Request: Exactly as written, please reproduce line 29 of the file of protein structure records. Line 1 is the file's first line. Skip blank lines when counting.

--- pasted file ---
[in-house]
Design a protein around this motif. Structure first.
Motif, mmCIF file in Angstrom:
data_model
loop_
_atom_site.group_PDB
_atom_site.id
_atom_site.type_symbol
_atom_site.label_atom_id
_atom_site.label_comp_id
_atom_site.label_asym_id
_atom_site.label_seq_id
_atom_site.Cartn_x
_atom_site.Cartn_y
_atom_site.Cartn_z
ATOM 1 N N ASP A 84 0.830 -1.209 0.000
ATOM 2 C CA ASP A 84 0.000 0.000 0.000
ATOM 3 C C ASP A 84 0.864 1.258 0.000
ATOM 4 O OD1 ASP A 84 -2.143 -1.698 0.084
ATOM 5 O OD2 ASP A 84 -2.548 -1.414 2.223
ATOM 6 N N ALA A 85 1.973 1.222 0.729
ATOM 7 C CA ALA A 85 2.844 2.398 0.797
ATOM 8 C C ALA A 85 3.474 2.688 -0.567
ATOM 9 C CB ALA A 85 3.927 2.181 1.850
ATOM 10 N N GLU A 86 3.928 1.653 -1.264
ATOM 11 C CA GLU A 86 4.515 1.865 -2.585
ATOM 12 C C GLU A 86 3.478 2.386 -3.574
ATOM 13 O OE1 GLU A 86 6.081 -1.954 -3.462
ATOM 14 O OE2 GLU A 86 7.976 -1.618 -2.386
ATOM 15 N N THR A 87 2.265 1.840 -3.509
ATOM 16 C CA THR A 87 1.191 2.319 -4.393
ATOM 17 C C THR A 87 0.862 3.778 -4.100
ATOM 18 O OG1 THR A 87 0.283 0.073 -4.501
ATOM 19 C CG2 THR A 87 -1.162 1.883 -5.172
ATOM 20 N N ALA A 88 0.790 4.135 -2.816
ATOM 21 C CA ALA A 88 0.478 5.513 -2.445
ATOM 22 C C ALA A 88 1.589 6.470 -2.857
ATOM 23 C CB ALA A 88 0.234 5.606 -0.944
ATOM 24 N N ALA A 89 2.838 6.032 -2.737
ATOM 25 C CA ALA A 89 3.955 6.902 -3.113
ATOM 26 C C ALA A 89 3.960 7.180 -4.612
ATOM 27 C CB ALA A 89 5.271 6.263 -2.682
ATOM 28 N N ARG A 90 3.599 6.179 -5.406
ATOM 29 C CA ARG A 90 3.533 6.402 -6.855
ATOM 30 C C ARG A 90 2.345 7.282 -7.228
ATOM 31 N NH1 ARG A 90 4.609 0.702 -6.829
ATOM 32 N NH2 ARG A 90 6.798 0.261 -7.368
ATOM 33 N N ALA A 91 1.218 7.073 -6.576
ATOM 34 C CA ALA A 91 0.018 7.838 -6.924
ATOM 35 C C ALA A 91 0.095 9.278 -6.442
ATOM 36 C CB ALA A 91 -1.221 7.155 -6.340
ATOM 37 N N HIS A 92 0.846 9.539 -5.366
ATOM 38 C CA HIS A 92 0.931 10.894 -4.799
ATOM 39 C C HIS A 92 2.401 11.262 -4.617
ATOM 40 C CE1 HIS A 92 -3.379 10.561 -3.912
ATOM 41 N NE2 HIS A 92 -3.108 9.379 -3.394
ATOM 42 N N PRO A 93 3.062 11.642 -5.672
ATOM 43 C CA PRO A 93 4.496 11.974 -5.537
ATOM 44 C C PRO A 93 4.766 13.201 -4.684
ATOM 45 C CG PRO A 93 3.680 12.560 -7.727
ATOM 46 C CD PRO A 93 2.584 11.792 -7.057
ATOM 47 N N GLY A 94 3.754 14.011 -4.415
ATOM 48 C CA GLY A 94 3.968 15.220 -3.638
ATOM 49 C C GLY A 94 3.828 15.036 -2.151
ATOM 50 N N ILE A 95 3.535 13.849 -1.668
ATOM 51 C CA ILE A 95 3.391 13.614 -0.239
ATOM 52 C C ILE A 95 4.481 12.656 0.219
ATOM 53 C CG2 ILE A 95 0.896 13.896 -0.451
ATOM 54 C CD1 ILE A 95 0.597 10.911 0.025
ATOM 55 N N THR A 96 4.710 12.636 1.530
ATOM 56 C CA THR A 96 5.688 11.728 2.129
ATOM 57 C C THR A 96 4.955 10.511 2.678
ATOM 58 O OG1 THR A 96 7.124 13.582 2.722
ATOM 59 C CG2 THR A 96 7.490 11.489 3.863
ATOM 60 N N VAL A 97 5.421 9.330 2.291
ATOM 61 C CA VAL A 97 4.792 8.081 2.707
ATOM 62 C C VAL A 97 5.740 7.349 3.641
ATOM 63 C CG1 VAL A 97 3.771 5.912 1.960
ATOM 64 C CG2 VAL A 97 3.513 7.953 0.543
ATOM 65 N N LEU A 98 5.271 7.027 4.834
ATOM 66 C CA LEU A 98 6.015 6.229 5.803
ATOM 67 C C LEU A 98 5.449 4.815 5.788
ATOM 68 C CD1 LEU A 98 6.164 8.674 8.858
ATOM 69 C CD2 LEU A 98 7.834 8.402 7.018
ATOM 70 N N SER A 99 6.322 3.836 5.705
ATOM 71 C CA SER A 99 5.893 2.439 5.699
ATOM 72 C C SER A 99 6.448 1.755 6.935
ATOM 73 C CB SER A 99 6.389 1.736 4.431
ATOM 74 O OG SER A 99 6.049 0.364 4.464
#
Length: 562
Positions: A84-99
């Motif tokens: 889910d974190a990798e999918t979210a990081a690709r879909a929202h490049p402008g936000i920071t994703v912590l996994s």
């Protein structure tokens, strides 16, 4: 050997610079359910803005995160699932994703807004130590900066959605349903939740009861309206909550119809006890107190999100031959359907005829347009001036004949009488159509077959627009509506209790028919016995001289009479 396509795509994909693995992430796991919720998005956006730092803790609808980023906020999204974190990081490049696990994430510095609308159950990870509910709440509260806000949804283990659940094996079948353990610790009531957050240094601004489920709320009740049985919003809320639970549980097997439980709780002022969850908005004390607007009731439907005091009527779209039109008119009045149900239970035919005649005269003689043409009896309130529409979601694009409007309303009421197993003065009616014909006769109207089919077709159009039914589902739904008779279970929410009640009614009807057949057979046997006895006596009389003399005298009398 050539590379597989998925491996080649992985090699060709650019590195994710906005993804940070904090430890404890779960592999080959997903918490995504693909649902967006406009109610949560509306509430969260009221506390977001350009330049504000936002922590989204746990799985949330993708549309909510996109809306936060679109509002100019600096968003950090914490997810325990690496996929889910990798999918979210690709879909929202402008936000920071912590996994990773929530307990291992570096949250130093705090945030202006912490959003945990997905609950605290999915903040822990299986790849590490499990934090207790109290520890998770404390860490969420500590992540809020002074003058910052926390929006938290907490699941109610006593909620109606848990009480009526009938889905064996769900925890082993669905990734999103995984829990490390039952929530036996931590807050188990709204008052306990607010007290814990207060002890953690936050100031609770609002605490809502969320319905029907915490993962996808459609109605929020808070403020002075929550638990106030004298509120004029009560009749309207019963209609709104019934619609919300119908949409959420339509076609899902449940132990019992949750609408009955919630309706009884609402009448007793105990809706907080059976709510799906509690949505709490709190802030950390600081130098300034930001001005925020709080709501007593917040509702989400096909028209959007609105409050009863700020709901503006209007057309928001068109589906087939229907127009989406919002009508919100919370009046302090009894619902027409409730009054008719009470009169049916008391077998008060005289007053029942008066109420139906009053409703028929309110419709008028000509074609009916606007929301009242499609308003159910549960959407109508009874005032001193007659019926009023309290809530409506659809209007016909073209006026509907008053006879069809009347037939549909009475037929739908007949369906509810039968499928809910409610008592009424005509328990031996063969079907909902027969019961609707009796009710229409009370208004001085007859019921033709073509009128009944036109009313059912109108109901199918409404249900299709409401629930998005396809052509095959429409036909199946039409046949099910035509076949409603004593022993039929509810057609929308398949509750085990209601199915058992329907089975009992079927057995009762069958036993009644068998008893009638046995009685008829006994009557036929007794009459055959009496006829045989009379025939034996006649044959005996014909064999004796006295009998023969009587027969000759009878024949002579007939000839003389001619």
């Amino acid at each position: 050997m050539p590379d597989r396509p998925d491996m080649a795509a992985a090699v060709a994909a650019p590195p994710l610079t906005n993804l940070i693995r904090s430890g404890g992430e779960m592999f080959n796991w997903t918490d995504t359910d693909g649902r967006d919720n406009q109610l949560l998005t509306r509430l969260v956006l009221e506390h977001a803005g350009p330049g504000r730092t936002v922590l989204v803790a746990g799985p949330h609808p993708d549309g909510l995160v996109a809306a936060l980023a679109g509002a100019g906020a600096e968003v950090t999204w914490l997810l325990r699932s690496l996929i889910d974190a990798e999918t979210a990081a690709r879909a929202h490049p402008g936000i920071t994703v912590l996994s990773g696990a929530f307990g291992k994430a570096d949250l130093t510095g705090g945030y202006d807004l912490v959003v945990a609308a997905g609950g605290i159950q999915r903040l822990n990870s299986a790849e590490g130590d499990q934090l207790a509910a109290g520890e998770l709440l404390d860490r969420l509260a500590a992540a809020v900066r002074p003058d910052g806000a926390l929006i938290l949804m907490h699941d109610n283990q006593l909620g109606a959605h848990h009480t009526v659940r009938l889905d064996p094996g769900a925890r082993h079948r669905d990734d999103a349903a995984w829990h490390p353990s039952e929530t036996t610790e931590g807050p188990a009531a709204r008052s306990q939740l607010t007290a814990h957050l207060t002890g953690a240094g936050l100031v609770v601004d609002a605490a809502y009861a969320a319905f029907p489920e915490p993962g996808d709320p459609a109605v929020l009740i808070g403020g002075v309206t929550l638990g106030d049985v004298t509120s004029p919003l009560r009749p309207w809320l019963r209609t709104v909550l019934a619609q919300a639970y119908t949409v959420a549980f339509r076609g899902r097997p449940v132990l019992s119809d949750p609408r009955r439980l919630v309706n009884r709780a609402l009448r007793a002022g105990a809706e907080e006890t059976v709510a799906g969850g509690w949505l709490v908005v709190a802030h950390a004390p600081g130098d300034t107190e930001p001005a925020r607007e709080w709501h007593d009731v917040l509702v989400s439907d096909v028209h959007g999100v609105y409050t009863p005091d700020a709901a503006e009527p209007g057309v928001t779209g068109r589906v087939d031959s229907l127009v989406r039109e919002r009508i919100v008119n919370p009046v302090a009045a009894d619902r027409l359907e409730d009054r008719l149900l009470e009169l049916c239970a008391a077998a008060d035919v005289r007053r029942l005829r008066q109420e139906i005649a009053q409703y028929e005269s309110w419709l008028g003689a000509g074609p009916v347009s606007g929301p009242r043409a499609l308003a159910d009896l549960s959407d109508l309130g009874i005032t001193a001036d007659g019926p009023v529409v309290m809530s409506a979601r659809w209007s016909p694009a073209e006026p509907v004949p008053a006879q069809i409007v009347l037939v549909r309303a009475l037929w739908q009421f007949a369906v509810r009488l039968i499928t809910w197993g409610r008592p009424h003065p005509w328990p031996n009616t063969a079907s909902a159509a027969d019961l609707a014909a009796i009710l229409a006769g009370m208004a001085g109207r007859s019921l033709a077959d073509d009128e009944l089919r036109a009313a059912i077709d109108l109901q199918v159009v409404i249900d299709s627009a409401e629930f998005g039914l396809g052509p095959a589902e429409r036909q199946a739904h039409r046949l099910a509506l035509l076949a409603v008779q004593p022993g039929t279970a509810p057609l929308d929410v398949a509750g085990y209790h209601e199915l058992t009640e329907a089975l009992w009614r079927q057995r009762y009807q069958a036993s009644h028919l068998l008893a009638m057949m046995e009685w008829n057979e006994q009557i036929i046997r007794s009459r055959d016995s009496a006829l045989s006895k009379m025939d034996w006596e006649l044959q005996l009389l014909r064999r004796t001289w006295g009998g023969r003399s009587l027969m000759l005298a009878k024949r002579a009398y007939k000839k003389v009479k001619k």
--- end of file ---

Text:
ATOM 14 O OE2 GLU A 86 7.976 -1.618 -2.386